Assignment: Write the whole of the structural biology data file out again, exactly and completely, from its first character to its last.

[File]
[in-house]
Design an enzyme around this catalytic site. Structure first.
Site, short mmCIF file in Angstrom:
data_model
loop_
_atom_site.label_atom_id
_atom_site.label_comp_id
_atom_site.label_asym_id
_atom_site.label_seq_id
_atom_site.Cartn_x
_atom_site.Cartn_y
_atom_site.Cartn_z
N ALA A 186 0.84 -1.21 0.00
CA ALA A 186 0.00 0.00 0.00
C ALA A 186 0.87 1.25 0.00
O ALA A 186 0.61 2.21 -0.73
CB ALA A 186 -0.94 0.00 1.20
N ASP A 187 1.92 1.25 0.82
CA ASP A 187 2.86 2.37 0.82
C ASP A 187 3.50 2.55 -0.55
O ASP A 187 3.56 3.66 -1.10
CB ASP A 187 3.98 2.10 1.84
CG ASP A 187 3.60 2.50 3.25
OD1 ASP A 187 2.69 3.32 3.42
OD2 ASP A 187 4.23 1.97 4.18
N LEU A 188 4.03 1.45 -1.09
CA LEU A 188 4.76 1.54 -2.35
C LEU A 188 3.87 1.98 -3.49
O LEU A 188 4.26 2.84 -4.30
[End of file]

[in-house]
Design an enzyme around this catalytic site. Structure first.
Site, short mmCIF file in Angstrom:
data_model
loop_
_atom_site.label_atom_id
_atom_site.label_comp_id
_atom_site.label_asym_id
_atom_site.label_seq_id
_atom_site.Cartn_x
_atom_site.Cartn_y
_atom_site.Cartn_z
N ALA A 186 0.84 -1.21 0.00
CA ALA A 186 0.00 0.00 0.00
C ALA A 186 0.87 1.25 0.00
O ALA A 186 0.61 2.21 -0.73
CB ALA A 186 -0.94 0.00 1.20
N ASP A 187 1.92 1.25 0.82
CA ASP A 187 2.86 2.37 0.82
C ASP A 187 3.50 2.55 -0.55
O ASP A 187 3.56 3.66 -1.10
CB ASP A 187 3.98 2.10 1.84
CG ASP A 187 3.60 2.50 3.25
OD1 ASP A 187 2.69 3.32 3.42
OD2 ASP A 187 4.23 1.97 4.18
N LEU A 188 4.03 1.45 -1.09
CA LEU A 188 4.76 1.54 -2.35
C LEU A 188 3.87 1.98 -3.49
O LEU A 188 4.26 2.84 -4.30